How to get a free gallium-68 PSMA-11 PET/CT scan (and yes, there IS a catch)

A research team at the University of California, Los Angeles (UCLA) is seeking participants for a randomized, Phase III, clinical trial of the utility of 68Ga-PSMA-11 PET/CT molecular imaging for planning of salvage radiotherapy after first-line treatment for localized prostate cancer.

Fuller details about this trial are available here on the web site, but here’s the basic scoop.

The trial is exclusively open to men with prostate cancer who are candidates for and/or scheduled to have salvage radiation therapy (SRT) after a radical prostatectomy and whose PSA level has risen from a nadir level to ≥ 0.1 ng/ml (or whose PSA never dropped to < 0.1 ng/ml post-surgery).

The patients will be randomly assigned to one or other of two arms:

  • About 95 patients will be given a free 68Ga-PSMA-11 PET/CT scan at UCLA (the experimental arm)
  • Another 95 or so patients will just be followed but will not receive a 68Ga-PSMA-11 PET/CT scan (the control arm)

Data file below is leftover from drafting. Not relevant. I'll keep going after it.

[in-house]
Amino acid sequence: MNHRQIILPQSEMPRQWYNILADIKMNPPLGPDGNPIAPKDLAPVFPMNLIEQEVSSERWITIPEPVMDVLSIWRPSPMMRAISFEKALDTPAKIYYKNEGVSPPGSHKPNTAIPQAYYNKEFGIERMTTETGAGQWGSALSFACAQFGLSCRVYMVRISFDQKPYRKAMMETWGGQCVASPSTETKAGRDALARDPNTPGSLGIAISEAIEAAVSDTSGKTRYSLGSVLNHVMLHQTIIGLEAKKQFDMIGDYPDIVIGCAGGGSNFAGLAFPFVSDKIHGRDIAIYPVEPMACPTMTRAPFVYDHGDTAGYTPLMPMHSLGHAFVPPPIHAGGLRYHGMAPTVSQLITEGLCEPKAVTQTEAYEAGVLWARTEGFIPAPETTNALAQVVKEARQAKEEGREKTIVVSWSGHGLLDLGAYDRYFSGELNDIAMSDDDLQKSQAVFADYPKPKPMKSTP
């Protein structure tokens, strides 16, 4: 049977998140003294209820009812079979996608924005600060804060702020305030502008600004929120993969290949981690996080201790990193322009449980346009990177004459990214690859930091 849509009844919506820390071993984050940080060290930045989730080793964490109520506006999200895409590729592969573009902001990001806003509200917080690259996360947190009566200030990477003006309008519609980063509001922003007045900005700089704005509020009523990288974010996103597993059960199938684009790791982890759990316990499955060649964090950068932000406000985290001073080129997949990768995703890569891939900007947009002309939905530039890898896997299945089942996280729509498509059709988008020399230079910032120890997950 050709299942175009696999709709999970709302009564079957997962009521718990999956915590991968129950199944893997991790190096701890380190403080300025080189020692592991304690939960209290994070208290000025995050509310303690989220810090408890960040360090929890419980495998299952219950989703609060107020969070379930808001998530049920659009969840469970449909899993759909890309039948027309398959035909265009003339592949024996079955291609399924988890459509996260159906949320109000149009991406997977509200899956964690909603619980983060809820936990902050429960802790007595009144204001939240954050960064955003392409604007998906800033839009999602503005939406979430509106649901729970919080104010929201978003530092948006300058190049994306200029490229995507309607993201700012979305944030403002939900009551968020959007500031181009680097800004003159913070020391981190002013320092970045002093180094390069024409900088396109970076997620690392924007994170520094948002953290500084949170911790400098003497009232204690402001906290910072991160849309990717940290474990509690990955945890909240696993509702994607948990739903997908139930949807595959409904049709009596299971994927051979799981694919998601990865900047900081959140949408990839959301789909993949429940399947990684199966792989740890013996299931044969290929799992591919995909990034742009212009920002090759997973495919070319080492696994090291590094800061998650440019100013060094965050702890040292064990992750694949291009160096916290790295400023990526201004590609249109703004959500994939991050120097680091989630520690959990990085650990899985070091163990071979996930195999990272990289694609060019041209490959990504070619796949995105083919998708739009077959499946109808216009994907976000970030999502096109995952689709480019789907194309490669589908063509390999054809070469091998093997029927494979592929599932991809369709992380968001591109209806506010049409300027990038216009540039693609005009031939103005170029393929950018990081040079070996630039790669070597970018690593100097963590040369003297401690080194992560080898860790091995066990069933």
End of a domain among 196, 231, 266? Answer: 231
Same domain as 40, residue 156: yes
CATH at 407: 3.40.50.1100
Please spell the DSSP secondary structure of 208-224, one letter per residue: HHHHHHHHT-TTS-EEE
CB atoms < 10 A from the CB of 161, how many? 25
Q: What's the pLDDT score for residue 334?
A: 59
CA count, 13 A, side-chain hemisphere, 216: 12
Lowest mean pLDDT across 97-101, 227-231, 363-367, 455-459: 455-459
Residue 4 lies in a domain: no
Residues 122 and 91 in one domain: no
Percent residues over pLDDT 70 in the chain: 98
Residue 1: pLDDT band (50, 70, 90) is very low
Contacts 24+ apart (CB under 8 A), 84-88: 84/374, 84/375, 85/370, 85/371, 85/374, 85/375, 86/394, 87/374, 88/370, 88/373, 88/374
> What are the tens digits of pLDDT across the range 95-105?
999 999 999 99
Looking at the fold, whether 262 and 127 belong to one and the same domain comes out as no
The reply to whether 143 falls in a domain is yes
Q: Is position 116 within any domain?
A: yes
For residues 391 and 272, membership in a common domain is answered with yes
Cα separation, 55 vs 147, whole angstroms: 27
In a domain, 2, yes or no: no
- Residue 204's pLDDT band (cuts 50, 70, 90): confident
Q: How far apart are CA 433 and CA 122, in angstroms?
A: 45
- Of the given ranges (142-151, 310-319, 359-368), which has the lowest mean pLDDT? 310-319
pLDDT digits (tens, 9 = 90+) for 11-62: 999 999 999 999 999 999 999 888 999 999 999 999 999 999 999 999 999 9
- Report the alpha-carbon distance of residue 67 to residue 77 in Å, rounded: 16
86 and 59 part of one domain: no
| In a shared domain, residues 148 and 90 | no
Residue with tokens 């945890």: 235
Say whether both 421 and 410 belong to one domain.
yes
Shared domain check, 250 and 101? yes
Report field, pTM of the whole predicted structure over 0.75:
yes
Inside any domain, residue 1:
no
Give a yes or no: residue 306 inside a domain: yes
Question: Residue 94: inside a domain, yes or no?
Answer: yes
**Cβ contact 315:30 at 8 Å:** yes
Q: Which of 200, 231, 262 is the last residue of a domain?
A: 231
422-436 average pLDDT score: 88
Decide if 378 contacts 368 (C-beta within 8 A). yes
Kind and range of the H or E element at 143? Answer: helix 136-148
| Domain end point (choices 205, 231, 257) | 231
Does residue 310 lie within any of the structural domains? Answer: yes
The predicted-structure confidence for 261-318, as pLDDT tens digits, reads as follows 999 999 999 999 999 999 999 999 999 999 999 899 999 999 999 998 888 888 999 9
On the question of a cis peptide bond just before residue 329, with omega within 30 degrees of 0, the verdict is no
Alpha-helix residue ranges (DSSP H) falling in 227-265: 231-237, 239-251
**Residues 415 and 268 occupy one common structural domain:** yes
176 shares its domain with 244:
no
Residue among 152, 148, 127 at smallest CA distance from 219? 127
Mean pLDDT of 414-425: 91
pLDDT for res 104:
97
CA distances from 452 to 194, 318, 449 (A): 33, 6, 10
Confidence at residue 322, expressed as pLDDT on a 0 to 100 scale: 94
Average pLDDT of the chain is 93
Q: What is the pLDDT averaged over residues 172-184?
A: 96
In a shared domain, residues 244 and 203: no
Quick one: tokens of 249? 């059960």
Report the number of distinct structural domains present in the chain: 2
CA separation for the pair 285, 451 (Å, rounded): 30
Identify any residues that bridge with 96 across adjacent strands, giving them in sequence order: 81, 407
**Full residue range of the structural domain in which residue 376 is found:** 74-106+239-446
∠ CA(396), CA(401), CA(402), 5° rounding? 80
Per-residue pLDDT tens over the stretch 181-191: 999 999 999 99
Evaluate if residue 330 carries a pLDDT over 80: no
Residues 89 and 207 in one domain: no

Patients can have any other forms of standard of care imaging in either arm of the study (Axumin PET/CT scans included).

The patients who are assigned to the control arm

  • Will never have to come to UCLA
  • Will simply be followed over time by the research team in association with their local radiation oncologist, wherever it is that they have their SRT

The patients who are assigned to the experimental arm

  • Will be asked to come to the UCLA nuclear medicine division only to get the free 68Ga-PSMA-11 PET/CT scan
  • Will not need to see a radiation oncologist at UCLA
  • Will be given SRT at the discretion of their own, local radiation oncologist at his or her institution (but with the benefit of the PSMA scan results up front)

What do you need to do to find out more?

  • Just make one phone call to the study coordinators: either Jeannine Gartmann (Tel: 310 206 0596; e-mail: or Kiara Booker (Tel: 310 206 7372; e-mail:
  • Individual patients are consented before randomization remotely by phone and will need to send us the signed, consent form by e-mail or fax.
  • The research team will work with your local doctor who does your SRT for 5 years post-treatment.

So yes, if you are due to have salvage radiation therapy after a radical prostatectomy, you can get a free 68Ga-PSMA-11 PET/CT scan. The catch is that you have to participate in this clinical trial — and then you have to get lucky and be among the 50% of the patients who are randomized to having a scan.

4 Responses

  1. In the Los Angeles area, they are competing for patients. City of Hope and Tower Urology are offering the DCFPyL PET/CT without randomization. I don’t know what, if any, the cost is.

    Patients who don’t want to be randomized can also buy the 68Ga-PSMA-11 scan at UCLA for $2,650.